Managing partners - What does a managing partner do?

Managing partners exist to share the burden of adapting to the needs of the marketplace but what are their exact duties and responsibilities and how much power and authority should they have?

Phil Shohet and Andrew Jenner.

The management and leadership of the majority of independent accountancy practices is housed in a partnership structure and, although some firms are now looking to incorporate as limited liability partnerships, the fact remains that they are businesses being run in a fairly idiosyncratic manner. For the majority of practices in the independent sector, this means that the management of the business is in the hands of a group of partners, usually led by a senior or managing partner, but sometimes run by committee with all the partners having an equal say in decisions.

Although the partnership model has served the profession well for many years, the increasingly competitive commercial environment, changing client needs and the much enhanced role that the accountant now plays in the business marketplace have highlighted the need for change in the way firms are organised, and the need for better and stronger people to lead the business.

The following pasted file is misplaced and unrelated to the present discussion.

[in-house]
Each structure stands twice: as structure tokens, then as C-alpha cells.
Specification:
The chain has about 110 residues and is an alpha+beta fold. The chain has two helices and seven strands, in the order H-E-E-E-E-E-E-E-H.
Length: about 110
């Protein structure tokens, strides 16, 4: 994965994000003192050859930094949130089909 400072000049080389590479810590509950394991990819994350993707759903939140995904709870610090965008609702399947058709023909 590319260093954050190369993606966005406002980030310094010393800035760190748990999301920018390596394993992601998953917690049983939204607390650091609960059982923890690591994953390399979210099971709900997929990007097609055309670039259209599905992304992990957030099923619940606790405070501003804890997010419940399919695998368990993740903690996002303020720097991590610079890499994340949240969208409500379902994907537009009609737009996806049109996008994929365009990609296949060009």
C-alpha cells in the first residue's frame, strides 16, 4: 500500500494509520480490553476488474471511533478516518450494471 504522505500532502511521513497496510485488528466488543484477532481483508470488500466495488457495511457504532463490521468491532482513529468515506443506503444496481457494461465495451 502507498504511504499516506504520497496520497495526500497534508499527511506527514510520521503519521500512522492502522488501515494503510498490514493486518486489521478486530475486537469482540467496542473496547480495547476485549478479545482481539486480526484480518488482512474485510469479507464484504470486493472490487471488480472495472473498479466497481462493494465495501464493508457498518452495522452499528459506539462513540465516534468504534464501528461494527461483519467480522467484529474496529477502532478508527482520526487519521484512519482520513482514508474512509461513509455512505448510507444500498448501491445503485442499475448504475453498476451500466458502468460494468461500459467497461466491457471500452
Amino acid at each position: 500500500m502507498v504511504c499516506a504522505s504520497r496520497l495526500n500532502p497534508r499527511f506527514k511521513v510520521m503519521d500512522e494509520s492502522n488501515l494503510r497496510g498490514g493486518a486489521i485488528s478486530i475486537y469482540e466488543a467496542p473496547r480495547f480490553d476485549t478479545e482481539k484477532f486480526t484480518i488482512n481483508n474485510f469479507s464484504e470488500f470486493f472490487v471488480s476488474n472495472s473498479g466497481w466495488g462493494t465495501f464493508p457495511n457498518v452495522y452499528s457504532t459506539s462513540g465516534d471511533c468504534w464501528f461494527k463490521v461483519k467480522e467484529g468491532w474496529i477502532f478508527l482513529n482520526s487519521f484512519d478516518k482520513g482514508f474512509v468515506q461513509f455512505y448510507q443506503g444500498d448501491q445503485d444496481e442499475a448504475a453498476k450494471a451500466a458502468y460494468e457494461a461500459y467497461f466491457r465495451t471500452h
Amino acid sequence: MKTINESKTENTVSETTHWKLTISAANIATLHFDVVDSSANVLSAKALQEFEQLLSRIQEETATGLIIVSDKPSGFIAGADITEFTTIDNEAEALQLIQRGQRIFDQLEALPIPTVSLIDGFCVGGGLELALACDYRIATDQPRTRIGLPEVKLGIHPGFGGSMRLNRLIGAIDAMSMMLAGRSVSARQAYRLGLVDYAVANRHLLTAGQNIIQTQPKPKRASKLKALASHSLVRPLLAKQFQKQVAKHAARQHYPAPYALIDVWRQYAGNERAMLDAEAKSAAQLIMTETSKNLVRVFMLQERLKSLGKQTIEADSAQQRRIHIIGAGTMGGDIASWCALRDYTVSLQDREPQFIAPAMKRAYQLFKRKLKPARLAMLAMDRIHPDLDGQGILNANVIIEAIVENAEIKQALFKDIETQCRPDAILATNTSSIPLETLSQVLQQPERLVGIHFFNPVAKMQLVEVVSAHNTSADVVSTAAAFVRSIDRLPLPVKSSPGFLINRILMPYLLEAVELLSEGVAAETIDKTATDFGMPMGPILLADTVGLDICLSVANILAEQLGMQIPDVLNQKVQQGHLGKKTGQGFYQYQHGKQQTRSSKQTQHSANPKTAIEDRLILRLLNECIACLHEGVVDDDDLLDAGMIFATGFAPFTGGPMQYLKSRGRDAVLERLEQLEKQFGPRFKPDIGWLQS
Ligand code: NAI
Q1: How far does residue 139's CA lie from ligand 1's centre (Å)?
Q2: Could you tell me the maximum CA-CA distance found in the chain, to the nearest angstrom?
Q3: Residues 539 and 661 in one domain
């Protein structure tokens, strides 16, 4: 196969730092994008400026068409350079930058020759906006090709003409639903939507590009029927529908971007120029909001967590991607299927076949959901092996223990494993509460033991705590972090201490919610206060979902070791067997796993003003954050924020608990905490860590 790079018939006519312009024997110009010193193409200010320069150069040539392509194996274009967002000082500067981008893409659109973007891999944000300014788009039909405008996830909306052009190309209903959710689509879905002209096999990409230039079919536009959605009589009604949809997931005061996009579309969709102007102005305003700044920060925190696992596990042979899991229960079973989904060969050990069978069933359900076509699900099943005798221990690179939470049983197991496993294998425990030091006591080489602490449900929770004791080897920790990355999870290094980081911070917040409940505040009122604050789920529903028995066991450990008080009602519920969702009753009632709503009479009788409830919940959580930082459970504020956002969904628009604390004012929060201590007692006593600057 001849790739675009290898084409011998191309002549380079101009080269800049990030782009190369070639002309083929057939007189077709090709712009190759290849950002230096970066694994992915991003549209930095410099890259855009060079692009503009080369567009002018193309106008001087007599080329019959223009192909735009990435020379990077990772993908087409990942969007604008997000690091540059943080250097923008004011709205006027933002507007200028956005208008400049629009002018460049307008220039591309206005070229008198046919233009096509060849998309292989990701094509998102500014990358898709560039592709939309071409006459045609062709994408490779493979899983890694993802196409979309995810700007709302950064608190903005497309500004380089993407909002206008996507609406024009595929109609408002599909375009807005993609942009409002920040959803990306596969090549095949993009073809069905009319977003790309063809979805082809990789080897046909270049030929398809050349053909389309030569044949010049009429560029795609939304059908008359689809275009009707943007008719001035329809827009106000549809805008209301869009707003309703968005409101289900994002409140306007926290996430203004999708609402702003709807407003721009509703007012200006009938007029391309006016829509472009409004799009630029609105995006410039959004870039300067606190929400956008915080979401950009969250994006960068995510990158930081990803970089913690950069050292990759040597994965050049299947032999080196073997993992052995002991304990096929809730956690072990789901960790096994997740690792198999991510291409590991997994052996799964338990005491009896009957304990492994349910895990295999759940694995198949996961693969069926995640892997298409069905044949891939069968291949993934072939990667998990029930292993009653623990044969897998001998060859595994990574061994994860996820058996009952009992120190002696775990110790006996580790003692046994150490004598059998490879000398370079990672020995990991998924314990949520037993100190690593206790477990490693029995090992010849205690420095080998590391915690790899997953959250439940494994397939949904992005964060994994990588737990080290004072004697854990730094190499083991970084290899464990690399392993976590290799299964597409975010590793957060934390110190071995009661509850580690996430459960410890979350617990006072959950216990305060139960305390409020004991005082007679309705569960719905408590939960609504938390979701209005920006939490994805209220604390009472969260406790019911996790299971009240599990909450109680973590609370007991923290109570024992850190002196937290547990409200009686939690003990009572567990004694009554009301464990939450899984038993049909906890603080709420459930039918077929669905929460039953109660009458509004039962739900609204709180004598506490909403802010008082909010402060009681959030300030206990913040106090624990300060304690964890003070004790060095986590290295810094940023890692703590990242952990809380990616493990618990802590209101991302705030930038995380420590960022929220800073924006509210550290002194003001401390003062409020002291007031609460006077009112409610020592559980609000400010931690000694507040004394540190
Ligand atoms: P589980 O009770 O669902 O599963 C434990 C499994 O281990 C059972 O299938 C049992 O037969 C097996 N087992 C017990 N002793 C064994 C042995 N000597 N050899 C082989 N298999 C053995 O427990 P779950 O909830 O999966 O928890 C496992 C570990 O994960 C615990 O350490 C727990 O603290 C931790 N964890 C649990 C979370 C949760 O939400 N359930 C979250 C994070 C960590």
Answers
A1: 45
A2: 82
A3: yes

The old portfolio style of management is no longer appropriate. Partners cannot be expected to master every specialist service their clients need, so in order to ensure that they have access to the whole range of skills within the firm a departmental configuration is required. While lead partners will still have control of their own clients they must be prepared to bring in other partners and departments as necessary. This can only be effectively controlled and monitored within a departmental framework.

Some years ago the fastest growing firms that had previously been led by a senior partner started to appoint managing partners to share the burden of adapting to the needs of the marketplace and today that trend is spreading throughout the independent sector.

However, there is no blueprint or standard job description for the role of the managing partner. What are his exact duties and responsibilities?

How much power and authority should be delegated to him? How should he be selected? These are questions that every practice must answer and the future success of the business may well hinge on the decisions they reach.